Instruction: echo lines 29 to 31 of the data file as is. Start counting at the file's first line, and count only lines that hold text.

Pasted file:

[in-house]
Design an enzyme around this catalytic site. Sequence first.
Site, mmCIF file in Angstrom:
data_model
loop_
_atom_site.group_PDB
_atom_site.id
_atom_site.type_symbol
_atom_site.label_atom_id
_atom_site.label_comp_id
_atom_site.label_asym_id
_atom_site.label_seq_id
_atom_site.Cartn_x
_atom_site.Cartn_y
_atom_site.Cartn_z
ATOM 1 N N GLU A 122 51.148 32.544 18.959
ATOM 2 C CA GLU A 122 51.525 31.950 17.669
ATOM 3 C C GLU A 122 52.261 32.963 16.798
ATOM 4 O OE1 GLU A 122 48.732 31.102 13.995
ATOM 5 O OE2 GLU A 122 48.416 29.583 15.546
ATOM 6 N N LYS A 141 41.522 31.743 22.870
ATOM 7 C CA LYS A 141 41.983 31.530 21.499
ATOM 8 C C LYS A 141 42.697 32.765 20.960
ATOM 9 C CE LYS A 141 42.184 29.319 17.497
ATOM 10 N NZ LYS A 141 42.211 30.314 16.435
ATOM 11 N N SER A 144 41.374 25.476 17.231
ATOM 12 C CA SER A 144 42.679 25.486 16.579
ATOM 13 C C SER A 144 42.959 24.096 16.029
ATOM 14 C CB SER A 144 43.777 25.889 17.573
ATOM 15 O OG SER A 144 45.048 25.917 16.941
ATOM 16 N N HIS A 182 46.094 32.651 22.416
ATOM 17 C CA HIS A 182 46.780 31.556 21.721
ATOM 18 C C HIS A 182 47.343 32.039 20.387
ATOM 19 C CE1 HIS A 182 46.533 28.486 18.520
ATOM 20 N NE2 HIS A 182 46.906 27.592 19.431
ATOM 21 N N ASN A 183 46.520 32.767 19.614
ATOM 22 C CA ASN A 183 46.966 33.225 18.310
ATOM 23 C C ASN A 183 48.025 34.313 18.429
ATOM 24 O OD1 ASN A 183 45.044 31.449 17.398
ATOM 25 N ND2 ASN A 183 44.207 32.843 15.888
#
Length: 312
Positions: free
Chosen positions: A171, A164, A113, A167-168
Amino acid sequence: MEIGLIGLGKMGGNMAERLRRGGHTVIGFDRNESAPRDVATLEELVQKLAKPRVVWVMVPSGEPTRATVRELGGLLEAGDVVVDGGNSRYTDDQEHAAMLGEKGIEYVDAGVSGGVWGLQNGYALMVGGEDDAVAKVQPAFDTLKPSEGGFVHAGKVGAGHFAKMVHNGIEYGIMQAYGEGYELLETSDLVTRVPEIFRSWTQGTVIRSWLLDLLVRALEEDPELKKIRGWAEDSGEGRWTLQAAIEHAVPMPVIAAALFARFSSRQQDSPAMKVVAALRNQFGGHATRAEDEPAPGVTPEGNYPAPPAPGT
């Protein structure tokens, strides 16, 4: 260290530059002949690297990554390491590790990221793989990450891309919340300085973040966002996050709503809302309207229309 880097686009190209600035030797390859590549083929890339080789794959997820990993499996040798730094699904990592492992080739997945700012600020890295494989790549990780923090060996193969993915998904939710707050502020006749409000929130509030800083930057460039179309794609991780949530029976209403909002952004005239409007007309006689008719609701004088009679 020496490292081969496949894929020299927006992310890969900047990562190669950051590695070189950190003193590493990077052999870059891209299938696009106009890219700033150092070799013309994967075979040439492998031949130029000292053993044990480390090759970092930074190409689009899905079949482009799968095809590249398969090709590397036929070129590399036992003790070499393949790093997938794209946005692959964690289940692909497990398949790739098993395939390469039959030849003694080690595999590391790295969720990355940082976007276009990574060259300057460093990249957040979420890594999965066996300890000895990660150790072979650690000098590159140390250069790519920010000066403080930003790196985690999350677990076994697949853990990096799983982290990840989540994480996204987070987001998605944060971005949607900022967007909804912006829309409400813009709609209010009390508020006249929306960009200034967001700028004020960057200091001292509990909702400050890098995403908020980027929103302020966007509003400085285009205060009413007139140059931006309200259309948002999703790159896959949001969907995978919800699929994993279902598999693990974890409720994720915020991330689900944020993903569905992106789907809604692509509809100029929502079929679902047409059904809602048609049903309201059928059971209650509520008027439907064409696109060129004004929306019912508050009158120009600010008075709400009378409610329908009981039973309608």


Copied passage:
ATOM 14 C CB SER A 144 43.777 25.889 17.573
ATOM 15 O OG SER A 144 45.048 25.917 16.941
ATOM 16 N N HIS A 182 46.094 32.651 22.416